Nivaclé people are an indigenous people of the Gran Chaco. An estimated 13,700 Nivaclé people live in the President Hayes and Boquerón Departments in Paraguay, while approximately 200 Nivaclé people live in the Salta Province of Argentina. A very small number of Nivaclé live in  Tarija, Bolivia.
In the last 50 years, 15,000
Mennonites from Canada, Russia, and Germany have settled in traditional Nivaclé territory. 
They have five subgroups, which are as follows:
Tovoc Lhavos, river people: Chishamnee Lhavos, people from above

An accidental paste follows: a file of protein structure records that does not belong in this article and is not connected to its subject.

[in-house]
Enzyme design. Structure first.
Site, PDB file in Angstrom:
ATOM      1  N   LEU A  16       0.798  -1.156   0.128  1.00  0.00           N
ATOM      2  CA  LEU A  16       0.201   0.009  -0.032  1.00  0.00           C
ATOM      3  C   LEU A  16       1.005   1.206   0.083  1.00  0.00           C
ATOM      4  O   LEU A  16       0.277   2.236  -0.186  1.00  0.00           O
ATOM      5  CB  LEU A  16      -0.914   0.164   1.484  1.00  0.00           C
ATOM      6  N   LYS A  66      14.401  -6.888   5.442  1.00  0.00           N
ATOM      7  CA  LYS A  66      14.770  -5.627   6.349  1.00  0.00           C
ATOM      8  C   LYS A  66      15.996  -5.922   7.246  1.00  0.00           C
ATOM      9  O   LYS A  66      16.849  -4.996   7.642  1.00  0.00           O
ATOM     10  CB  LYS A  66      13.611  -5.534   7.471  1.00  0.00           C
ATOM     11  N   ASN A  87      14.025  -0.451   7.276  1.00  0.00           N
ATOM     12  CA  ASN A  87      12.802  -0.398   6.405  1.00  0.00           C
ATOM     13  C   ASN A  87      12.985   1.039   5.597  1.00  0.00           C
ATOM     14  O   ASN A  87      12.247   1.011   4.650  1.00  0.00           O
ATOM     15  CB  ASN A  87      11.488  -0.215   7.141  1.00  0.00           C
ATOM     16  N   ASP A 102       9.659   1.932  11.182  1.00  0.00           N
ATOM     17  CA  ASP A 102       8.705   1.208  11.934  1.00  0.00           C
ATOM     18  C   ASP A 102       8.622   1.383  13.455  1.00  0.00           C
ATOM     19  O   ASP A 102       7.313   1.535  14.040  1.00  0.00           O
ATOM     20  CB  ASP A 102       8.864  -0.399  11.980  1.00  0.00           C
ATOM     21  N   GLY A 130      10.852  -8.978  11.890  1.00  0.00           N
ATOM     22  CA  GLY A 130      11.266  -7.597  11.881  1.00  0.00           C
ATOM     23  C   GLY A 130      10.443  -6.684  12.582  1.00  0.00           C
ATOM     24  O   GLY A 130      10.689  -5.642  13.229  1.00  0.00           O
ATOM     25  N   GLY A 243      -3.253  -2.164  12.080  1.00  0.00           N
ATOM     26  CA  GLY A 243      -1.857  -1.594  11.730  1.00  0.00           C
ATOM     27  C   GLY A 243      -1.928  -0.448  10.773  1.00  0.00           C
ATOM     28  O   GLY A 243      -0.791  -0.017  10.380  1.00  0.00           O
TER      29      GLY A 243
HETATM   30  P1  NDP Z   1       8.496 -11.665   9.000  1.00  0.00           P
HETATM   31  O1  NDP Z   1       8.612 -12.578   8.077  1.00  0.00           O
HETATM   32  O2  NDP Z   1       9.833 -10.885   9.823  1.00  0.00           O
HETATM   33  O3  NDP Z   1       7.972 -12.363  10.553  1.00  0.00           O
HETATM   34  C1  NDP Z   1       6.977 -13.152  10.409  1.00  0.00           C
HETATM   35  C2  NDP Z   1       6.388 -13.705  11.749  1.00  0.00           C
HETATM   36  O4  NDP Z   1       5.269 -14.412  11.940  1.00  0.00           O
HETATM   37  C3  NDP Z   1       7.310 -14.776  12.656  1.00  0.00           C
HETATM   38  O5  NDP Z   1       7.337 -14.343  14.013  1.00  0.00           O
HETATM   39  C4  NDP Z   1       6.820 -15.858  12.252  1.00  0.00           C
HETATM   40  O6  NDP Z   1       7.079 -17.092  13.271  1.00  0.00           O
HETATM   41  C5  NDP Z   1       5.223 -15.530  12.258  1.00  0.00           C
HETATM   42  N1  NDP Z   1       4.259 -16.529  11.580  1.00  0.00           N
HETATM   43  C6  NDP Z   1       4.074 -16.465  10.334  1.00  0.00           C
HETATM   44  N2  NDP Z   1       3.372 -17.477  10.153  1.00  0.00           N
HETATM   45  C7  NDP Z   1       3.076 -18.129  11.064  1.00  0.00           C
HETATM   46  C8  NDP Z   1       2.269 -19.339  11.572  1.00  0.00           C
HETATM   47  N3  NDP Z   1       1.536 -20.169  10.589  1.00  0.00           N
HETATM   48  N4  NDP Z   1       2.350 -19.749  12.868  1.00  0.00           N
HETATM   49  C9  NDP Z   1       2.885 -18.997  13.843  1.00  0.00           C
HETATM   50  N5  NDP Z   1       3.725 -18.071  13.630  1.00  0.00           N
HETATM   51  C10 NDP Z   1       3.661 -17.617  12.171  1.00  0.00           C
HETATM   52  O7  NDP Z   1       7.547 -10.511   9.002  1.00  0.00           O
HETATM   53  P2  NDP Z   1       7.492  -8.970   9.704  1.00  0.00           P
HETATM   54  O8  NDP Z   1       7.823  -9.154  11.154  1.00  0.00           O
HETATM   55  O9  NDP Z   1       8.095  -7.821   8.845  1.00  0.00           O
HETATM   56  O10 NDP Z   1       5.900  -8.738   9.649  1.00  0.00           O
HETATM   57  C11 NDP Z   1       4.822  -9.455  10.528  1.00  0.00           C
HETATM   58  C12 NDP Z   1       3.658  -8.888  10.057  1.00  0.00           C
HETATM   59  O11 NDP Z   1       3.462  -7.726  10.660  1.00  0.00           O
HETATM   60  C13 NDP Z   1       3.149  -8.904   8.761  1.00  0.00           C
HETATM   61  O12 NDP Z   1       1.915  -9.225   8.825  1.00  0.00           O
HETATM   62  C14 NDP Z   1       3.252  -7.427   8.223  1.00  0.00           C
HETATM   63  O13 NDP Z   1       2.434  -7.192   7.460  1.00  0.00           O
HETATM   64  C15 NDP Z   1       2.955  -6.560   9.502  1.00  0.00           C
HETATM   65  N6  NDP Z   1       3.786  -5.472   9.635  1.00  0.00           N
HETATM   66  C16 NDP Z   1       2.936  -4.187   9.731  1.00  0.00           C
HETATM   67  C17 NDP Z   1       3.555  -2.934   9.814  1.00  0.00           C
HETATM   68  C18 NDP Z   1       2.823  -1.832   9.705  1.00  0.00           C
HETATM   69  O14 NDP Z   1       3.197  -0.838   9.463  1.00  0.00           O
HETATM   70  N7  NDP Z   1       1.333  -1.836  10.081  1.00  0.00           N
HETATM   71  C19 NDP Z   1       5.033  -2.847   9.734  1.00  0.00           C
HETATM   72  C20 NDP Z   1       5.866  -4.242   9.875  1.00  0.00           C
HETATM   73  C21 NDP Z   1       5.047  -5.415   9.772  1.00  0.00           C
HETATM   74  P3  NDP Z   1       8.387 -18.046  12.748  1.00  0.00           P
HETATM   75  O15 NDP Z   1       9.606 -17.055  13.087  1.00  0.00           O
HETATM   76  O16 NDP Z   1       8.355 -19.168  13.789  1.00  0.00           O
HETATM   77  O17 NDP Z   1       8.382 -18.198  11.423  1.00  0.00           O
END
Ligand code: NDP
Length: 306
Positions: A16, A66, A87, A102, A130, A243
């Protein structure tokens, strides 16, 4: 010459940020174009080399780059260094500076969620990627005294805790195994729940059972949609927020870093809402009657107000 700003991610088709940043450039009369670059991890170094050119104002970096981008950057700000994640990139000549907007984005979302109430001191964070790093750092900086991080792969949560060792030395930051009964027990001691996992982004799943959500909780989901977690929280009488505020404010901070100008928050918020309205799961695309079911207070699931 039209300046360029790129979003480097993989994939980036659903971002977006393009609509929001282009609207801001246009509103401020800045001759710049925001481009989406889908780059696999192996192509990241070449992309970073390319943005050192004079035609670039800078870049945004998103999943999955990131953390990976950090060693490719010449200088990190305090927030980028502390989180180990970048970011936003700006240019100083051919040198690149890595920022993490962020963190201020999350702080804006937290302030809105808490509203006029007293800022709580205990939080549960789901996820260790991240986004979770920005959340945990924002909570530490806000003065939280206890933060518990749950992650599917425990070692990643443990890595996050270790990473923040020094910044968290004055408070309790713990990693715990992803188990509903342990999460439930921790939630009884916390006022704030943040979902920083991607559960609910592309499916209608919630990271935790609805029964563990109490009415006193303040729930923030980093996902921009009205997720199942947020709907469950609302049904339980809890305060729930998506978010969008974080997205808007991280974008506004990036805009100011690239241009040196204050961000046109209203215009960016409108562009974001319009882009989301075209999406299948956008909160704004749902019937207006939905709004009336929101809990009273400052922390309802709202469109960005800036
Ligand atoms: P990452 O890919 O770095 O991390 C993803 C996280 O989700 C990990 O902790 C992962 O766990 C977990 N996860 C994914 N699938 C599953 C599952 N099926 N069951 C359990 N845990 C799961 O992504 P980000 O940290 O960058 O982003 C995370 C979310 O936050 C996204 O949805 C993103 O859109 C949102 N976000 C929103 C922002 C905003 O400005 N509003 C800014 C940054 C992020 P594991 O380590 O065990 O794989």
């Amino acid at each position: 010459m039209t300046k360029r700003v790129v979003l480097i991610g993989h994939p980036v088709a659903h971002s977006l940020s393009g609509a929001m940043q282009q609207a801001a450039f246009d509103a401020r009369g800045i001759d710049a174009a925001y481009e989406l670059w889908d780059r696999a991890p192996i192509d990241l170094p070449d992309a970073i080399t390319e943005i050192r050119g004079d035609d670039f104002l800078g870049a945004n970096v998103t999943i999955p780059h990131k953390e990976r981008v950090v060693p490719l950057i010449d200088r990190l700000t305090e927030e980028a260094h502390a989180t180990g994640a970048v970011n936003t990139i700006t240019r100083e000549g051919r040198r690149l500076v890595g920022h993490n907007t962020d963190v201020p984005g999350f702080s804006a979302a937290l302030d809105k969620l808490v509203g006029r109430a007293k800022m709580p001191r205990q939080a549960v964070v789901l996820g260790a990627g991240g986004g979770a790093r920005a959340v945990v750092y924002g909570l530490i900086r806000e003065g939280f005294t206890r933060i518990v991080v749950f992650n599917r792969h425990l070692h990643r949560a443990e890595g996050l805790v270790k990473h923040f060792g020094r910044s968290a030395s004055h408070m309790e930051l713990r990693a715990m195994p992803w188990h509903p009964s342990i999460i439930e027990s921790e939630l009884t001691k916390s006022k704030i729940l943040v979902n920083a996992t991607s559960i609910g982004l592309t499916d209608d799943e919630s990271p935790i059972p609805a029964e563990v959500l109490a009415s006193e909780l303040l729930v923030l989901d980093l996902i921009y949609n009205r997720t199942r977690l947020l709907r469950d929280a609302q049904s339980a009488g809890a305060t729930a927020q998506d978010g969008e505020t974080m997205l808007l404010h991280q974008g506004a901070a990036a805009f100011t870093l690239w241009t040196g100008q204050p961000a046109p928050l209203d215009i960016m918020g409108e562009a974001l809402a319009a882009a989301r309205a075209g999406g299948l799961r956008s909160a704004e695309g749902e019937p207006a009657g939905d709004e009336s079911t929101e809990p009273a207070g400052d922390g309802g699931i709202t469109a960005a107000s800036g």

Tovoc Lhavos, river people: Shichaam Lhavos, people from below
Yita' Lhavos, forest people
C'utjaan Lhavos, thorn people
Jotoi Lhavos, people of the
esparto grass Tavashai Lhavos, people of the savanna.
Nivaclé is an autonym, meaning "human."
They are also known as the Ashlushlay, Axluslay, Chulupí, and Nivaklé people.  
Language [ edit ]
They speak the
Nivaclé language, which has two dialects: Forest Nivaclé and River Nivaclé. Nivaclé is one of the Mataco-Guaicuru languages. A dictionary has been published for the language, and the Bible was translated into Nivaclé in 1995. 
External links [ edit ]